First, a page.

Then Square-Enix announced the FFXIV complete overhaul with a new director at the wheel. I wasn’t sure how this was going to work out and the revamp was made live in 2013, a time period when I was very busy. But gradually I was hearing how legitimately good the new FFXIV, subtitled A Realm Reborn,was. I finally grabbed a cheap copy during a Steam sale last year and gave it a shot. And wow, they weren’t wrong!
They even tied the world remake into the story, similar to WoW’s Cataclysm. I find the trailer for it very emotionally stirring….
Imagine my shock when I’m doing one of my first questlines, complete the requirements, and instead of requesting I go back to the quest giver in town, like I was used to in FFXI, I could turn it in at an outpost nearby and even pick up further quests there! This is something we’ve come to expect because of modern usability introduced by the likes World of Warcraft and I was really happy that simple questflow had made it into FFXIV. Also there were a lot of sidequests to gather and level up on, no more grinding on tons of enemies in forced parties.
Final Fantasy XIV cribbed a bunch of systems from other popular Western MMOs as well. There are public quests that pop up similar to Warhammer Online. Enemies’ special attacks are telegraphed by AOE indicators on the ground ala Guild Wars 2. Reputation systems and daily quest allocations like World of Warcraft. Simpler travel systems via paid attuned teleportation, Chocobo rentals, airships, boats, and personal mounts. This all seems like really basic stuff but seeing how they implemented it all so fast after the initial launch is amazing! The latest expansion even added in flying mounts.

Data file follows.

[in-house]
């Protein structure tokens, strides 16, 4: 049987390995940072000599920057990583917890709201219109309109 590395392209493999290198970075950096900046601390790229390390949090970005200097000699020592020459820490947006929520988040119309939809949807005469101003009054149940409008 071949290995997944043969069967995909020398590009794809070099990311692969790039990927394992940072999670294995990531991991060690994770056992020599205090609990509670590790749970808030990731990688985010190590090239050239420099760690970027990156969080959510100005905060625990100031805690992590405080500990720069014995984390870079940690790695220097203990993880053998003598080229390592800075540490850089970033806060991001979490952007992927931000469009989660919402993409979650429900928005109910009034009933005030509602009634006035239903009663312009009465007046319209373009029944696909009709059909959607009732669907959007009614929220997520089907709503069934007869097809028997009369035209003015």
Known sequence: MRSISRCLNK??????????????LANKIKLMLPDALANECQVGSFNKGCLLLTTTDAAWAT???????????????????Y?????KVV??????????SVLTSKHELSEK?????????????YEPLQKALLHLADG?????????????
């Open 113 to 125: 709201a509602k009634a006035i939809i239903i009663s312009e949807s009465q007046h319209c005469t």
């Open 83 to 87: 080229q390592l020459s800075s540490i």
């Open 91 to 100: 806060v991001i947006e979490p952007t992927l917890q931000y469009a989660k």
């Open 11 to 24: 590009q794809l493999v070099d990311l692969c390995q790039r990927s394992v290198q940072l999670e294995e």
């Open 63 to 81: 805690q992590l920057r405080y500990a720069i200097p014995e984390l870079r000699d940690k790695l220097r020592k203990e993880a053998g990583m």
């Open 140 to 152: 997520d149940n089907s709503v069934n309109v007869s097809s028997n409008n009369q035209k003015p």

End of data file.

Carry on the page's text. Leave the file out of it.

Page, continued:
I’m also compelled by the main scenario epic storyline pulling me through the game. It feels very Final Fantasy and so many references are lovingly weaved into the game with masterful localization. Magitek armor, Judges, summons, Cid. A recent patch added in a Gold Saucer area where you can learn how to play Triple Triad. I enjoy that the class system is not tied to a particular avatar and instead you can switch your class via weapon equip and level each one individually on your same character. Some advanced roles even require you to progress multiple classes to a particular level in order to unlock their starter quest.